The core purpose of an external quality assessment is to assess and validate that the CAE’s management of the IA function conforms with IIA standards. However, a comprehensive independent IA assessment goes well beyond that and may include:

Assessing IA’s long-term investment and contributions to the audit committee’s governance strategy and the CAE’s measurable impact on governance KQIs.

By measuring the quantitative extent of assurance quality, the CAE can highlight gaps and opportunities for improvement in IA coverage that add further independent assurance value to the audit committee and the organization. For example: To what extent are complete data populations assessed through data analytics to determine compliance with internal policies and procedures for accounts payable, revenue and pricing, inventory or fixed assets?

Evaluating the CAE’s IA strategic plan and its alignment with audit committee expectations to optimize and quantify assurance KQIs against the risk and audit universe.

Comprehensive evaluations of IA functions often result in a recommendation to provide an illustrated road map of improvement in terms of cost-benefit, coverage, and impact from the audit committee’s point of view. For example, the CAE could align and demonstrate the linkage between transactional, process, and strategic risks to reveal gaps or overlaps within IA project investments that impact assurance quality insights.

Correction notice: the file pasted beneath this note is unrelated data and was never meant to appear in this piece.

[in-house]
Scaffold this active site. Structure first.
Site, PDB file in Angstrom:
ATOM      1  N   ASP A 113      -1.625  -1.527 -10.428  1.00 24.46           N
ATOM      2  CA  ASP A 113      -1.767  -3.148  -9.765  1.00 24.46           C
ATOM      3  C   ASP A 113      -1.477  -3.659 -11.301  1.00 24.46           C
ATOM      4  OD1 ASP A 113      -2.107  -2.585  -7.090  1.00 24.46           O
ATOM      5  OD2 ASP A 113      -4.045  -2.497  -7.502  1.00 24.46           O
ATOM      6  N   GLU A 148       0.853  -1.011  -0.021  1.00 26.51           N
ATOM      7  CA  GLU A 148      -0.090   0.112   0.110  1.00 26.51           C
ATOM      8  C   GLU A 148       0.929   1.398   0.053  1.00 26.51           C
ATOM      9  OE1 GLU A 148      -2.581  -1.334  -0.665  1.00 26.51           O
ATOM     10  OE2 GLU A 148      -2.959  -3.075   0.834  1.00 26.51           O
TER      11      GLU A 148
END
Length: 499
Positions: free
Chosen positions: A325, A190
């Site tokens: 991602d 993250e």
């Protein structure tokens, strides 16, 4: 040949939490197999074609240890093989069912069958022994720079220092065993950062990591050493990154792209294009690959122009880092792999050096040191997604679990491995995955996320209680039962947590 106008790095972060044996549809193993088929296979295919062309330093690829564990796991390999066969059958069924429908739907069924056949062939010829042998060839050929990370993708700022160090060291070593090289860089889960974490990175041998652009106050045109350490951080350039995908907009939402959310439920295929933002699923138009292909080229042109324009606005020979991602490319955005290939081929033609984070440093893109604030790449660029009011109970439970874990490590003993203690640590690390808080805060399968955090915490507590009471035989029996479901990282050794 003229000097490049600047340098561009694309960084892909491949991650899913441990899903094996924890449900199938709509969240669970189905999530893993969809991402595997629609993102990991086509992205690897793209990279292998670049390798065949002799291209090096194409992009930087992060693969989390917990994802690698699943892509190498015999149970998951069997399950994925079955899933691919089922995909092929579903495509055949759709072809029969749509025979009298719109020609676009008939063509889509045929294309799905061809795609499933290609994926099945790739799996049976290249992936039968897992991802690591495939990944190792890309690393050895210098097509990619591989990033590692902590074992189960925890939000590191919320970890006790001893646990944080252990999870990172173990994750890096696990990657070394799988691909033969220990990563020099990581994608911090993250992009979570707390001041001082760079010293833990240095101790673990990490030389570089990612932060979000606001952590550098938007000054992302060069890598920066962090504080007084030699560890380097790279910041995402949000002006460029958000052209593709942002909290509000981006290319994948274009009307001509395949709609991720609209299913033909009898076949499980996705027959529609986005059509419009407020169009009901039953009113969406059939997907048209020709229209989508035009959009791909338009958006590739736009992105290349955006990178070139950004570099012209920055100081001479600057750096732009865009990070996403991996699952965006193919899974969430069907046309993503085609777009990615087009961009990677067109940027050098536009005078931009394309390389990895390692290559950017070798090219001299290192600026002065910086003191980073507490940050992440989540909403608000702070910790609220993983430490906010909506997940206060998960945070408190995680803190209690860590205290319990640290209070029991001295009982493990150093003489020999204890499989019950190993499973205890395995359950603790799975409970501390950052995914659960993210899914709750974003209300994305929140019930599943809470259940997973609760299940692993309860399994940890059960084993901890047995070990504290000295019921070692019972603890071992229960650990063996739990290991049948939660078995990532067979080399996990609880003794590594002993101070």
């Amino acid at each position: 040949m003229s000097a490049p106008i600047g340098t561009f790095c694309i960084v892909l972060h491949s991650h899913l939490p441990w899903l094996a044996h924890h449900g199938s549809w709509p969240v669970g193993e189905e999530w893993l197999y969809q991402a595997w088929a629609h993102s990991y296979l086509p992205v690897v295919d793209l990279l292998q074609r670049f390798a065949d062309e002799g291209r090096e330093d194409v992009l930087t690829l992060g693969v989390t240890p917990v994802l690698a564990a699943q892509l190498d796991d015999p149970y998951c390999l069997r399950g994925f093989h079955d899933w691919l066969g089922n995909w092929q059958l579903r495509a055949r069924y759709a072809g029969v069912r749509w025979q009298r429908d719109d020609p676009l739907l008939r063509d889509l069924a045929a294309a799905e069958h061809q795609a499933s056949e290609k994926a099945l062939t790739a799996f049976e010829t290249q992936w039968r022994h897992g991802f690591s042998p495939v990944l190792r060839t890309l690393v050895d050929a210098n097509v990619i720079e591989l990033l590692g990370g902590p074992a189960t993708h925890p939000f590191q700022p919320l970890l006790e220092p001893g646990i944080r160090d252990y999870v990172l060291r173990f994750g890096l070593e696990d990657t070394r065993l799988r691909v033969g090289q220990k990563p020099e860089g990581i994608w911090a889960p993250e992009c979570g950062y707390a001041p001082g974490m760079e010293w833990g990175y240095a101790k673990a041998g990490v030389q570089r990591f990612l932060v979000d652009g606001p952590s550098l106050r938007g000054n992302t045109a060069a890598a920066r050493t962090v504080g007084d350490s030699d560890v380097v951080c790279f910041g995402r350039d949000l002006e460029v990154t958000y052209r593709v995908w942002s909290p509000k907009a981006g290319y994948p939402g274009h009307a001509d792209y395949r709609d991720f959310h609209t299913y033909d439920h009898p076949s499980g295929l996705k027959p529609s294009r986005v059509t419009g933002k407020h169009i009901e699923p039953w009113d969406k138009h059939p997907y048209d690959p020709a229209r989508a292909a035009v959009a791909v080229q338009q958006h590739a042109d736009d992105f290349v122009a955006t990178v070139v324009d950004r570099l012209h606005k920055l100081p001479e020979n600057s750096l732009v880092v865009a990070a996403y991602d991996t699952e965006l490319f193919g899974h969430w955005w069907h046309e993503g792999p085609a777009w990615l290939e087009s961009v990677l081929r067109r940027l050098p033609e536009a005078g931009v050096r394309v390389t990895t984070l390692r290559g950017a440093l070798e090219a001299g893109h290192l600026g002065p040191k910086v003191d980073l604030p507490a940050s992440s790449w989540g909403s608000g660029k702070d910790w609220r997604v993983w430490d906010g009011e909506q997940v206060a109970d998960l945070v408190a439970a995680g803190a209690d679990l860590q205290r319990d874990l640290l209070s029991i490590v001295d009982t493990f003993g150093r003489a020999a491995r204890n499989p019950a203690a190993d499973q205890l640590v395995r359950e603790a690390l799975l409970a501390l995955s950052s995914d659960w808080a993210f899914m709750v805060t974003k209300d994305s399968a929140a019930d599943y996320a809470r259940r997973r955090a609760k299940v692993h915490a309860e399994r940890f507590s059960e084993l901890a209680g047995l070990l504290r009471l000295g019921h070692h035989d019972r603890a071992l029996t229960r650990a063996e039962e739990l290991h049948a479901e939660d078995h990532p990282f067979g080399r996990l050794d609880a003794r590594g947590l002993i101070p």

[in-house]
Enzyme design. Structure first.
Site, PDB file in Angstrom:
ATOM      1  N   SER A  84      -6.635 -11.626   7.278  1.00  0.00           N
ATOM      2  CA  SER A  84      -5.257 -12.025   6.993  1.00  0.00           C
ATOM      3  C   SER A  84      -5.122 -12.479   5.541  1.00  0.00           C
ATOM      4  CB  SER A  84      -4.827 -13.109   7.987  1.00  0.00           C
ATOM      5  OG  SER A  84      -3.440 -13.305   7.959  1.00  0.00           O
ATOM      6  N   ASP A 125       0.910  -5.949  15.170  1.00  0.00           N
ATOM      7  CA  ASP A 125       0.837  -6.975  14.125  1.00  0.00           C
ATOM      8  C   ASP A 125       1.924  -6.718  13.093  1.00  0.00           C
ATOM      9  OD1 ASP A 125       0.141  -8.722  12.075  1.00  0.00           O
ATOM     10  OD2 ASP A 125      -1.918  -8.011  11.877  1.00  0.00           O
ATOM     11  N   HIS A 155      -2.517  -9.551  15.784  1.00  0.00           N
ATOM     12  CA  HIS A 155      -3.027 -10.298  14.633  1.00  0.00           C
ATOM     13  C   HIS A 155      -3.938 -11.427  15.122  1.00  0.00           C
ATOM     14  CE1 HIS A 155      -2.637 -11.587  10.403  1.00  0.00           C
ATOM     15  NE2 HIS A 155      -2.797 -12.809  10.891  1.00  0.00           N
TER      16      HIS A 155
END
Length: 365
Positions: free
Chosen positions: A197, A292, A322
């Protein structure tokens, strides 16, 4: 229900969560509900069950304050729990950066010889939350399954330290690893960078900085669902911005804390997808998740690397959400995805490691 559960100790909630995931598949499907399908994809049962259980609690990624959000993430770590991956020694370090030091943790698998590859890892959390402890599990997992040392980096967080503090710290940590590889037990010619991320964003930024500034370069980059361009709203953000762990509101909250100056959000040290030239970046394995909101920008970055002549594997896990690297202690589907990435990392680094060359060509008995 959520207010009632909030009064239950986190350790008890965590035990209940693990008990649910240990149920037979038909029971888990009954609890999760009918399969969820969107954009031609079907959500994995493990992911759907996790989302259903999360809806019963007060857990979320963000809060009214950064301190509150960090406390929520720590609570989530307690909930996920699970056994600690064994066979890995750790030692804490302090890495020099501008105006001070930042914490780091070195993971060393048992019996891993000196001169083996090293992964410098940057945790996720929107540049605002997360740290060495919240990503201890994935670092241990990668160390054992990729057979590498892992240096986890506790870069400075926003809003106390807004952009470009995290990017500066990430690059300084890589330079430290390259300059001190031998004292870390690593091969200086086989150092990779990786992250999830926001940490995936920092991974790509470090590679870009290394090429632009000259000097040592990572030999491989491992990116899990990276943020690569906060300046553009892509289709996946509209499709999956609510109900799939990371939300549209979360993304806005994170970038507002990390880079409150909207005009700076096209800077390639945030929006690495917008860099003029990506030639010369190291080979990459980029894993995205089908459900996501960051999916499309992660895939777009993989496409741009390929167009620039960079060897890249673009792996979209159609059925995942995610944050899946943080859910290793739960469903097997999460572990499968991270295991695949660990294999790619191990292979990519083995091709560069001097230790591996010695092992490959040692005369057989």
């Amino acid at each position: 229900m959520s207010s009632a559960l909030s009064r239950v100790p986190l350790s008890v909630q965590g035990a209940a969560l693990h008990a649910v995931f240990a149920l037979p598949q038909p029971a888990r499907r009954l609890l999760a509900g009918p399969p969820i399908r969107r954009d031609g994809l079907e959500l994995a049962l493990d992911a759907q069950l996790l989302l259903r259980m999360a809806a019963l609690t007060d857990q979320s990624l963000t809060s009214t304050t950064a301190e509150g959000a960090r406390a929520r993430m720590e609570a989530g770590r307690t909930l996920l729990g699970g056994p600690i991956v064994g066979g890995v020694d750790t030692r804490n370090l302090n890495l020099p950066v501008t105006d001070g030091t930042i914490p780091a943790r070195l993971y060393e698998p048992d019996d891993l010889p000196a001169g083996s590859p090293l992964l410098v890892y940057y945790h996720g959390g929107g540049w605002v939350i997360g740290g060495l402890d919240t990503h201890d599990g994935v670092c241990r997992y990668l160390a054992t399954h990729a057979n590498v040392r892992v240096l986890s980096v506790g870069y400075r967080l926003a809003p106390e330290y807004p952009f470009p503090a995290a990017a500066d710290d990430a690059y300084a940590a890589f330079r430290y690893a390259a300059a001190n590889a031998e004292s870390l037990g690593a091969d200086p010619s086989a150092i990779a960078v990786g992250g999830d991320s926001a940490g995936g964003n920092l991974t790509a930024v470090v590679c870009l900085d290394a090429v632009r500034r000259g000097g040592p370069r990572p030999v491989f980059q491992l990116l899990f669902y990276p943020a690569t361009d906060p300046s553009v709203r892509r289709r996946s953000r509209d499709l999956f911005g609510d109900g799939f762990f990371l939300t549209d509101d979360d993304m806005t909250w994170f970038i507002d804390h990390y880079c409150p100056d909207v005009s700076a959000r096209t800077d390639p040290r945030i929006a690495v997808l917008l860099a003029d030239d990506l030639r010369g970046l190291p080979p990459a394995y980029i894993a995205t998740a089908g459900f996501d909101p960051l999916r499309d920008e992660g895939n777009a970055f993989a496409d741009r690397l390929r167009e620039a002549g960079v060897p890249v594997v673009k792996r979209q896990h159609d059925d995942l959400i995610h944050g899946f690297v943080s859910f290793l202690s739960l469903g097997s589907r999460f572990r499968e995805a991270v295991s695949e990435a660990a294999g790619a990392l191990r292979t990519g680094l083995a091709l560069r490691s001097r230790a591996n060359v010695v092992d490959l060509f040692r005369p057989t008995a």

Assessing the skills of IA team members against the audit plan.

Think “Moneyball” (the application of analytics to improve outcomes). Is it just coincidence or good luck that your team has the process-level knowledge and skills to conduct all the audits on the audit plan competently? Or, maybe you don’t have the necessary skills on board. In that case, co-sourcing can provide a deeper bench to help you create a “winning IA assurance team.”

Need help making your case to the audit committee? Create a graphic mapping the skills you have to the skills you need to quickly show how co-sourcing fills critical gaps in specific internal process-level expertise.

Evaluating the IA team’s written IA methodology, with emphasis on benchmarking the thoroughness of the six phases of an IA project:
  1. Planning
  2. Fieldwork
  3. Reporting
  4. Close-Out
  5. Follow-Up
  6. Quality Assurance and Continuous Improvement

Variability between each IA project manager could uncover hard-to-detect exposure to assurance quality shortcomings.

Reviewing IA’s ability to adapt and be agile and relevant in the way it provides assurance quality on an ongoing basis.

This would represent a quantum leap forward in quality assurance and how the audit committee looks at IA.